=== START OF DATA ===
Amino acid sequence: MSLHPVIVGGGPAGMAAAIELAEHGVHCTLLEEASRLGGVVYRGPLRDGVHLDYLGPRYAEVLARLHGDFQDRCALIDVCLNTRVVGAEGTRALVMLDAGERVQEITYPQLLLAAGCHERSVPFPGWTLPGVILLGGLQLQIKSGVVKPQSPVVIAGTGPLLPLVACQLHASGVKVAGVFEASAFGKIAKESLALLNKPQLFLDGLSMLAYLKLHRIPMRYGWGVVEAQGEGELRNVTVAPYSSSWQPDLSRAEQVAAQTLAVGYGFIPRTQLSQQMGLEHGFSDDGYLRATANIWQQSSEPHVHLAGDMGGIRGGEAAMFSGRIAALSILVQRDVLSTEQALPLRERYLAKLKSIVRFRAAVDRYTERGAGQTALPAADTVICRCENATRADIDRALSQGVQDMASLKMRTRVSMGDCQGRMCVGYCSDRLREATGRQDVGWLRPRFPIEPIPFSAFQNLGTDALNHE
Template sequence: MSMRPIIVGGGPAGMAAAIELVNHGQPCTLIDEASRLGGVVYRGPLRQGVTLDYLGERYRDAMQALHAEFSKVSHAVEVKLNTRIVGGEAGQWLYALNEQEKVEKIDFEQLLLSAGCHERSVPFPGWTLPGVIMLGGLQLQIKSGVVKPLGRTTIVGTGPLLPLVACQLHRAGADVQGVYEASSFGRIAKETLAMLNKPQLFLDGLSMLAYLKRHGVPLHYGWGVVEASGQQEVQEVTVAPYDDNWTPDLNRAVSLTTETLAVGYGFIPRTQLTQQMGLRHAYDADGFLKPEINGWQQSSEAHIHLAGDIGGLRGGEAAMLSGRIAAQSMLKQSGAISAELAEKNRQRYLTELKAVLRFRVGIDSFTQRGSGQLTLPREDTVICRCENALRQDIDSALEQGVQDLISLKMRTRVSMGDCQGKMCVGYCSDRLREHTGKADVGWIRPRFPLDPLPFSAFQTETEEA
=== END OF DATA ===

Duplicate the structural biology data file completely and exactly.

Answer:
Amino acid sequence: MSLHPVIVGGGPAGMAAAIELAEHGVHCTLLEEASRLGGVVYRGPLRDGVHLDYLGPRYAEVLARLHGDFQDRCALIDVCLNTRVVGAEGTRALVMLDAGERVQEITYPQLLLAAGCHERSVPFPGWTLPGVILLGGLQLQIKSGVVKPQSPVVIAGTGPLLPLVACQLHASGVKVAGVFEASAFGKIAKESLALLNKPQLFLDGLSMLAYLKLHRIPMRYGWGVVEAQGEGELRNVTVAPYSSSWQPDLSRAEQVAAQTLAVGYGFIPRTQLSQQMGLEHGFSDDGYLRATANIWQQSSEPHVHLAGDMGGIRGGEAAMFSGRIAALSILVQRDVLSTEQALPLRERYLAKLKSIVRFRAAVDRYTERGAGQTALPAADTVICRCENATRADIDRALSQGVQDMASLKMRTRVSMGDCQGRMCVGYCSDRLREATGRQDVGWLRPRFPIEPIPFSAFQNLGTDALNHE
Template sequence: MSMRPIIVGGGPAGMAAAIELVNHGQPCTLIDEASRLGGVVYRGPLRQGVTLDYLGERYRDAMQALHAEFSKVSHAVEVKLNTRIVGGEAGQWLYALNEQEKVEKIDFEQLLLSAGCHERSVPFPGWTLPGVIMLGGLQLQIKSGVVKPLGRTTIVGTGPLLPLVACQLHRAGADVQGVYEASSFGRIAKETLAMLNKPQLFLDGLSMLAYLKRHGVPLHYGWGVVEASGQQEVQEVTVAPYDDNWTPDLNRAVSLTTETLAVGYGFIPRTQLTQQMGLRHAYDADGFLKPEINGWQQSSEAHIHLAGDIGGLRGGEAAMLSGRIAAQSMLKQSGAISAELAEKNRQRYLTELKAVLRFRVGIDSFTQRGSGQLTLPREDTVICRCENALRQDIDSALEQGVQDLISLKMRTRVSMGDCQGKMCVGYCSDRLREHTGKADVGWIRPRFPLDPLPFSAFQTETEEA